Q: My boss appears to be taking credit for a difficult project that I am working on, even though it does not involve him. The vice president of our department recently sent out an e-mail in which she congratulated my manager and me on the project's success and expressed appreciation for our hard work.
My manager could have graciously set the record straight by replying to the vice president and giving me the credit, but he didn't do this. Now I wonder if he may be exaggerating his role. What should I do about this?
A: Credit-grabbing managers are extremely annoying. However, based on the evidence provided, I think you may be jumping too quickly to an unwarranted conclusion.
The vice president specifically mentioned you in her congratulatory e-mail, so she obviously knows about your involvement with the project. Including your boss in the compliment is customary office etiquette, since managers have ultimate responsibility for all work done in their departments.
While your boss may not have "set the record straight" with an e-mail, you don't know what's going on behind the scenes. He could be commending you in conversations with executives or praising your work in progress reports. After all, the vice president was aware of your role.
As for the slides you created, all managers use work produced by their employees when talking with higher-ups. That's standard operating procedure.
Try to remember that, for future success, support from your boss is much more valuable than solo recognition for this project. If you develop an adversarial relationship, he will be much less likely to give you credit for anything.
Make your work more manageable
Q: Lately, I have become short and snappy with my co-workers. I am the secretary for a medical group, and this job is very frustrating. I have to answer the phone, respond to patients, transmit doctors' orders, look up information, run errands and answer stupid questions. How can I stop being so irritable?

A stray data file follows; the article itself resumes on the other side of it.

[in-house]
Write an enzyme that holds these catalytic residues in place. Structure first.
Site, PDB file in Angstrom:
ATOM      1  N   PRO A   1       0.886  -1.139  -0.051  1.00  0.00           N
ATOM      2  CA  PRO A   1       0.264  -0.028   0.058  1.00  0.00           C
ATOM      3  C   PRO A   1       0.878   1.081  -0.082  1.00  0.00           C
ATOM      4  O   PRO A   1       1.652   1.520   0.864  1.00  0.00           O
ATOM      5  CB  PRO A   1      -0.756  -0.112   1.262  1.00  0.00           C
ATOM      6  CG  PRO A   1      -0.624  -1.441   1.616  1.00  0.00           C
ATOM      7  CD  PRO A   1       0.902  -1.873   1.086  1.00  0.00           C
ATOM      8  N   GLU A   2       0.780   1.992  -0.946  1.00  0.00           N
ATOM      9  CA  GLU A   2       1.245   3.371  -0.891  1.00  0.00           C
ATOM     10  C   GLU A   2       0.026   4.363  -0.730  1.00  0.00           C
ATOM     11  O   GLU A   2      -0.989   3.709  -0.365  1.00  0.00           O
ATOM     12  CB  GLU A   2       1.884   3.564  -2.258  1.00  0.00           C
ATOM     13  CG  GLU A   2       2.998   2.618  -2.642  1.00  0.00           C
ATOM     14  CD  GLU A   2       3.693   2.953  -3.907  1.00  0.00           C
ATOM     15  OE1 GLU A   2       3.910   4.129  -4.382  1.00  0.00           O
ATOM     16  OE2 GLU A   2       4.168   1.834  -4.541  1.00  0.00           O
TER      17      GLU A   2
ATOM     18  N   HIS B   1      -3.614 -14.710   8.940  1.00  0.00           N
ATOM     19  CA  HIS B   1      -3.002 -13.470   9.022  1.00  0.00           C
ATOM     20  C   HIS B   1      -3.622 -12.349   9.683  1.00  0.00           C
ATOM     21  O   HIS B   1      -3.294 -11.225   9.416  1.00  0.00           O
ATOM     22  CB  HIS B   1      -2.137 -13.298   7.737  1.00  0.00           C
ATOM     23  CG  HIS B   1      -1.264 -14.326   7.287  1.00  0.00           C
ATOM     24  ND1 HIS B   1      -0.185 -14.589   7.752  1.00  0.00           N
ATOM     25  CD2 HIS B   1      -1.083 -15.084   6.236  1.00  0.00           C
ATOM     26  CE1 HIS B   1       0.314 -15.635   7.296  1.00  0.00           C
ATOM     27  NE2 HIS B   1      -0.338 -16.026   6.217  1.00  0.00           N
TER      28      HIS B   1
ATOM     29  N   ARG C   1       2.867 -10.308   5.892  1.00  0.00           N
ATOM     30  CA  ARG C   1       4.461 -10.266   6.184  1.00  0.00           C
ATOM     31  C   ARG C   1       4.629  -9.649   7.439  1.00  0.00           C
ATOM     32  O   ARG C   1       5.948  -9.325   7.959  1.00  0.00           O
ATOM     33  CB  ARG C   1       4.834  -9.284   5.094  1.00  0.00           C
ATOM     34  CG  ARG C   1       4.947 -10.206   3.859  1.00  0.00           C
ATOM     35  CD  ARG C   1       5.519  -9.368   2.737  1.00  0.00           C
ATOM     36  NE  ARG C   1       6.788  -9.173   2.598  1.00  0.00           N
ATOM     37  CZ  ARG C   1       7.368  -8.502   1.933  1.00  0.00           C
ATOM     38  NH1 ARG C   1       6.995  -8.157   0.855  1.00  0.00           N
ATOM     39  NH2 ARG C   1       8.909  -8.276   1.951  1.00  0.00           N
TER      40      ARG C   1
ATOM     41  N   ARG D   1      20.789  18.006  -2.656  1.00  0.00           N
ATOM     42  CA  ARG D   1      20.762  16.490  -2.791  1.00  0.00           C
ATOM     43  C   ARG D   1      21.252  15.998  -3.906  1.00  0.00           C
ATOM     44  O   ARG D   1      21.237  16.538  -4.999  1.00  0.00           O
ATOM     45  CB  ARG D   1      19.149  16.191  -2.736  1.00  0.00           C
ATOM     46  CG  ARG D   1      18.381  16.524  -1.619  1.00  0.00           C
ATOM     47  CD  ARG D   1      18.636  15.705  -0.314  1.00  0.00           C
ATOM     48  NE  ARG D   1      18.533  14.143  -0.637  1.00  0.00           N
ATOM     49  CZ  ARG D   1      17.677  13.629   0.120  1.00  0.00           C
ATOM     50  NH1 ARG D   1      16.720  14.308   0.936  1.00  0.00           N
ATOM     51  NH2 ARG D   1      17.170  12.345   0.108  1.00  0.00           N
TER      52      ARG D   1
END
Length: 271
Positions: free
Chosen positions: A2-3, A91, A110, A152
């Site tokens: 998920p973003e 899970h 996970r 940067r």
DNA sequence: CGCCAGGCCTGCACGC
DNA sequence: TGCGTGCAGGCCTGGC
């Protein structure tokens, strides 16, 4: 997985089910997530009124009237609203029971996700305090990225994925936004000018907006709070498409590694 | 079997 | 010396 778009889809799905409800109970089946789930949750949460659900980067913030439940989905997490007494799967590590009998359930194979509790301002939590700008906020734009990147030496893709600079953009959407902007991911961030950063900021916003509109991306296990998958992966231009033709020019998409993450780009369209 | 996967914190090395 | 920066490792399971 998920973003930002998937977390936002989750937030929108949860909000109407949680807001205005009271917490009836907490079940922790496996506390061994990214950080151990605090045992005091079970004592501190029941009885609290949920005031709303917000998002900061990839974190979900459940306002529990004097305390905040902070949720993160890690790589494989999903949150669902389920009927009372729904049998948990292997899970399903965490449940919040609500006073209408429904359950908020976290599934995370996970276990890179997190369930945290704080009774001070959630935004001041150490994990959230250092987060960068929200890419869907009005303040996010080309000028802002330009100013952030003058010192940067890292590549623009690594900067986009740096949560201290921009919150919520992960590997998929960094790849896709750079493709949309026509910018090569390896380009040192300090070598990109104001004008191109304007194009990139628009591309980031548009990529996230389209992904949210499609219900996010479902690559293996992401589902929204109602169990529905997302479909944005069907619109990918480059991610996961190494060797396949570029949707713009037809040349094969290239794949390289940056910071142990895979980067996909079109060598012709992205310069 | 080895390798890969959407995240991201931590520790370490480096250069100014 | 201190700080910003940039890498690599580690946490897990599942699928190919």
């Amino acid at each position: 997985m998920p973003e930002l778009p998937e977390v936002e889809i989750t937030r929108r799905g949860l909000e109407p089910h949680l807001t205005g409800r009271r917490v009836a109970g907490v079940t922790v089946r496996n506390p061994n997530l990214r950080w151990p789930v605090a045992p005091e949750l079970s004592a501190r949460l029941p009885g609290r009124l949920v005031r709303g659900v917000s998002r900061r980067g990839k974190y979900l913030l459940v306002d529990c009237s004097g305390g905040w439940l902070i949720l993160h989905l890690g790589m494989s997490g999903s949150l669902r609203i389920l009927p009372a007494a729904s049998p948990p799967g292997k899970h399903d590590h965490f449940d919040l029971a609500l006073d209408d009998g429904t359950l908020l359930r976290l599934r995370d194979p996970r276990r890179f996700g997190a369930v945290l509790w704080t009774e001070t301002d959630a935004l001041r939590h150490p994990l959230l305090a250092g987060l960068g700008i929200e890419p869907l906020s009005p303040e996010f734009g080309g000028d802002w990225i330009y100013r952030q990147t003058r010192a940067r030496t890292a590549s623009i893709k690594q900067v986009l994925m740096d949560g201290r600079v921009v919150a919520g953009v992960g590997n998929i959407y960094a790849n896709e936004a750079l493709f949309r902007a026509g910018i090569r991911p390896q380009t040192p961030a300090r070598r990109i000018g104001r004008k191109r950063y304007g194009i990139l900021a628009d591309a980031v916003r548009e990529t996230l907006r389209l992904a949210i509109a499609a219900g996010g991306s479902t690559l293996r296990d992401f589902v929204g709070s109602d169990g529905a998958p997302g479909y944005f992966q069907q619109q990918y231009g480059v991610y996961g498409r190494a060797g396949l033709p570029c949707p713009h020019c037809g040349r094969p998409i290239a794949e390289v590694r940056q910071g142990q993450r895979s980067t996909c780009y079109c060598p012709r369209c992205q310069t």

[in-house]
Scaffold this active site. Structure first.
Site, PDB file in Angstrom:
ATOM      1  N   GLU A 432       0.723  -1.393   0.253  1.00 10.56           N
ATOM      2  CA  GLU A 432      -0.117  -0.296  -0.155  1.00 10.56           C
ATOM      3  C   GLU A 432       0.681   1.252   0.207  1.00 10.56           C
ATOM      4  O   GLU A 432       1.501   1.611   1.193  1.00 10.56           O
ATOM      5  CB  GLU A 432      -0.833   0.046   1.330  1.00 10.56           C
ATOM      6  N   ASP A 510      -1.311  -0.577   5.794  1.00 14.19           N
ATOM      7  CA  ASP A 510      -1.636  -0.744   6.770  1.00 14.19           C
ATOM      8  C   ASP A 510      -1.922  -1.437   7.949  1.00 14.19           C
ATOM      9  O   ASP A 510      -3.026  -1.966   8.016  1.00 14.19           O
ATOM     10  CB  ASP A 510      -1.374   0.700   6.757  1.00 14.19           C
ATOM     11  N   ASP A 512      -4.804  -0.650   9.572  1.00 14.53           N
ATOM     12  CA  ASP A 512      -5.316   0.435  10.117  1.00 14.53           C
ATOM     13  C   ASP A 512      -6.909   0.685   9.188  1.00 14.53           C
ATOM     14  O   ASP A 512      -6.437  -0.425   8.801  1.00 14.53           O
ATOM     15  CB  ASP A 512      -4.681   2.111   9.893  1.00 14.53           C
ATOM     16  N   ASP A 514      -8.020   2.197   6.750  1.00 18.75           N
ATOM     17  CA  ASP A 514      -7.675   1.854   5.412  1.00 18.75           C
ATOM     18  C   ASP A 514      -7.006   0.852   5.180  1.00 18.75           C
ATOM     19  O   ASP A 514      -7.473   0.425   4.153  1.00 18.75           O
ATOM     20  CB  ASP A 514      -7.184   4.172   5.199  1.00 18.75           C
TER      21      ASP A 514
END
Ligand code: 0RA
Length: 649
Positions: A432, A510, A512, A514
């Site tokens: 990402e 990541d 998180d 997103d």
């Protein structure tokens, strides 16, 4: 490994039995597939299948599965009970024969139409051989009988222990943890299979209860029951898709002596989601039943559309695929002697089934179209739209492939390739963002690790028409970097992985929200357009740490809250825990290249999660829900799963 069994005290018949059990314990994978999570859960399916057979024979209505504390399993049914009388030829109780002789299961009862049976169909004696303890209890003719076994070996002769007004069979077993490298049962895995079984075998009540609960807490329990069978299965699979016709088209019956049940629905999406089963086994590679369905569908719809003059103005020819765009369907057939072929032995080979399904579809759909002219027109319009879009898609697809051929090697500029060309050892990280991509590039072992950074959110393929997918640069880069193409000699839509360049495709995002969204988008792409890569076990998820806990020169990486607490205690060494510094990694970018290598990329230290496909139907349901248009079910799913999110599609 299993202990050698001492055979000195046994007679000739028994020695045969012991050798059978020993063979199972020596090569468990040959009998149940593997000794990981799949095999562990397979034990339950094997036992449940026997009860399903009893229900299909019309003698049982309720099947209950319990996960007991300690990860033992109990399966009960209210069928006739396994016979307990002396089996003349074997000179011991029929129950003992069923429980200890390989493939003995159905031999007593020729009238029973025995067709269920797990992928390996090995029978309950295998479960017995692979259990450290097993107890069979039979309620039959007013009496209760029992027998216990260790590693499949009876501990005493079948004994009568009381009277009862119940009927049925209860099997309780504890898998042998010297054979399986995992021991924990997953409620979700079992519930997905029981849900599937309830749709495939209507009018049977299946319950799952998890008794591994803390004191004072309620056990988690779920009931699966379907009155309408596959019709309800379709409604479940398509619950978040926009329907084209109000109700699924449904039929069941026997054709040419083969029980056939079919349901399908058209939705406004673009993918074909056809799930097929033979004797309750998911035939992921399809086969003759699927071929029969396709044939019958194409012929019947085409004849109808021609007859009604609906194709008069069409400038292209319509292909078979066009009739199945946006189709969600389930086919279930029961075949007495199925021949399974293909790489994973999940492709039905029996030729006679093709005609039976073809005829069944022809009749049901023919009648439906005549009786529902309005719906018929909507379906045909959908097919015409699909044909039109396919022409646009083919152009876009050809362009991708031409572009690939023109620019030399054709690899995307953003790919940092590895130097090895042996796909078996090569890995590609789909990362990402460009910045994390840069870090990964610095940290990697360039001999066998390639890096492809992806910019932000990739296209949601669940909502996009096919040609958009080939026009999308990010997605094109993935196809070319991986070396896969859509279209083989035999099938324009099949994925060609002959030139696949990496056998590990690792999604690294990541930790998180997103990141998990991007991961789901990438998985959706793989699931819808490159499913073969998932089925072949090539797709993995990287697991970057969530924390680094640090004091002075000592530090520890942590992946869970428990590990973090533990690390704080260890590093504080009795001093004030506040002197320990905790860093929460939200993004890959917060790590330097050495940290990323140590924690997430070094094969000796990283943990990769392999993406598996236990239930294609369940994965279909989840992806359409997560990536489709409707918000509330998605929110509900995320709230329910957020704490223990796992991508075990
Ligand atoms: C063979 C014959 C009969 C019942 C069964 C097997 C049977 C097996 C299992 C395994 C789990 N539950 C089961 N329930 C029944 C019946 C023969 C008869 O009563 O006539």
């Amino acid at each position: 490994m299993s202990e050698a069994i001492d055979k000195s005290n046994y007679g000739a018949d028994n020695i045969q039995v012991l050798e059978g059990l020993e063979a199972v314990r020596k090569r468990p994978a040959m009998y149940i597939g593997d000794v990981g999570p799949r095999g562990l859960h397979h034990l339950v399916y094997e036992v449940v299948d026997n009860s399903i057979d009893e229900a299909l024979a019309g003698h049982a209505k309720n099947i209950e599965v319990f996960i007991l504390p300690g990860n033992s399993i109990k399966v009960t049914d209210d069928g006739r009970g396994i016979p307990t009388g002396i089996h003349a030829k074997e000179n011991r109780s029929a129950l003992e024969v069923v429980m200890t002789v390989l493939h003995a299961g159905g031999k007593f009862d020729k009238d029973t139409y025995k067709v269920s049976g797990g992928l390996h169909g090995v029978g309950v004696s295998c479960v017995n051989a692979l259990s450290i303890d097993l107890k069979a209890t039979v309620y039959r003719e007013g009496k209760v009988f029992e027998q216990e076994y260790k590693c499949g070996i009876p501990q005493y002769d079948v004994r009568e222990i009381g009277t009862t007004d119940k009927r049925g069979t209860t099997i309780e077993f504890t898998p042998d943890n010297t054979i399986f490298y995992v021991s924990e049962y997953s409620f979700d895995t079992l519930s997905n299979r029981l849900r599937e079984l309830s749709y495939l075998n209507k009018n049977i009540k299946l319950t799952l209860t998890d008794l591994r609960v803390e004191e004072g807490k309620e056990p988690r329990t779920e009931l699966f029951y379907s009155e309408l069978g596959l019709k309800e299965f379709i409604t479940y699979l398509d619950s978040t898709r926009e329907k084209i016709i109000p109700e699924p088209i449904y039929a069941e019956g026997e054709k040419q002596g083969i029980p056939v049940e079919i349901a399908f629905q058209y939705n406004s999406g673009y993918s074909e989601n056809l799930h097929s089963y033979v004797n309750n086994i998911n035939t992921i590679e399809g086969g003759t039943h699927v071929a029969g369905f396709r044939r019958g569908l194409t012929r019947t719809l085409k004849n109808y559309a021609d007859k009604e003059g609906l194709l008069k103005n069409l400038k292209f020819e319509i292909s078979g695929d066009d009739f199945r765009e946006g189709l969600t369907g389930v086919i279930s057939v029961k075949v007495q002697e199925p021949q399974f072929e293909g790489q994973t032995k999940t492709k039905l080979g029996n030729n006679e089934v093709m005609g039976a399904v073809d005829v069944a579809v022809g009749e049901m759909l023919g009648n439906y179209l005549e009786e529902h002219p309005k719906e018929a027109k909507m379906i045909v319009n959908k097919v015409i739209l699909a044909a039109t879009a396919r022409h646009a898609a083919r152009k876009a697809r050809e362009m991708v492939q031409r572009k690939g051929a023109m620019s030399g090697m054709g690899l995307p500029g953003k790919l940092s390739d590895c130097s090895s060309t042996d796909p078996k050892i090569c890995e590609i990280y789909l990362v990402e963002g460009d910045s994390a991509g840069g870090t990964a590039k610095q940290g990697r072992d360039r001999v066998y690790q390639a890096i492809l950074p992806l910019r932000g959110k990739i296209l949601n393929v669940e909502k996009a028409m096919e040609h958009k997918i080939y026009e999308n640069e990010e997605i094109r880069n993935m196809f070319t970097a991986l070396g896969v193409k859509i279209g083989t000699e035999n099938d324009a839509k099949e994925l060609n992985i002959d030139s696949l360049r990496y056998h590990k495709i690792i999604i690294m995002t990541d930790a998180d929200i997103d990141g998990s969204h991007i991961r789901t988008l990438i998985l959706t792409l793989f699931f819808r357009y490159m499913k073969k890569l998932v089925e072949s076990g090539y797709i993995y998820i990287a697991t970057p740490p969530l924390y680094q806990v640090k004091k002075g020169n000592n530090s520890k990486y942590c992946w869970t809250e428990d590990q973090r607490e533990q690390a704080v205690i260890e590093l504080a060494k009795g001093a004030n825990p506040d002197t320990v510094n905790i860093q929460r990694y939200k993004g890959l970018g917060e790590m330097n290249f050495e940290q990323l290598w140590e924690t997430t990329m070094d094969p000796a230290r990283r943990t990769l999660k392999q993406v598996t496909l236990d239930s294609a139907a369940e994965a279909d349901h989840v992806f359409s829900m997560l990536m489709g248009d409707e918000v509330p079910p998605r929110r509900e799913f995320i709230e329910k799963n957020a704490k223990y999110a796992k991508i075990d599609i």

A: Kudos to you for examining your own behavior and resisting the temptation to blame others. One possible solution is to talk with your immediate supervisor about strategies for making your work more manageable. However, you may just be temperamentally unsuited for such a chaotic environment. In that case, the ultimate answer is a job that better matches your personality.
Managers shouldn't ask for donations
Q: Our manager is involved with a lot of community groups and charitable organizations. She is also a physical fitness nut who runs in marathons for various causes. Whenever she participates in something, she sends the staff an e-mail asking for contributions. Is there a polite way to tell her to stop these requests?
A: Managers should never ask employees for money, because the power imbalance hampers their ability to refuse. Even if these are worthy causes, your boss's ongoing solicitations are completely inappropriate.
The best way to address this issue depends on the size of your organization. In a large company, the human resources department will be your natural ally. Any professional HR manager will immediately understand the problem and have a talk with your boss.
But if this is a small business, a direct conversation may be necessary. A group discussion will carry less risk, so find a time when everyone is together, then describe your concerns in a non-critical manner.
If these solutions don't seem feasible, another alternative is to individually respond to her e-mails with a polite refusal: "Unfortunately, I am not able to contribute at this time. However, I certainly admire the charitable work you are doing." If enough people decline, your manager will eventually get the message.
Marie G. McIntyre is a workplace coach and the author of "Secrets to Winning at Office Politics."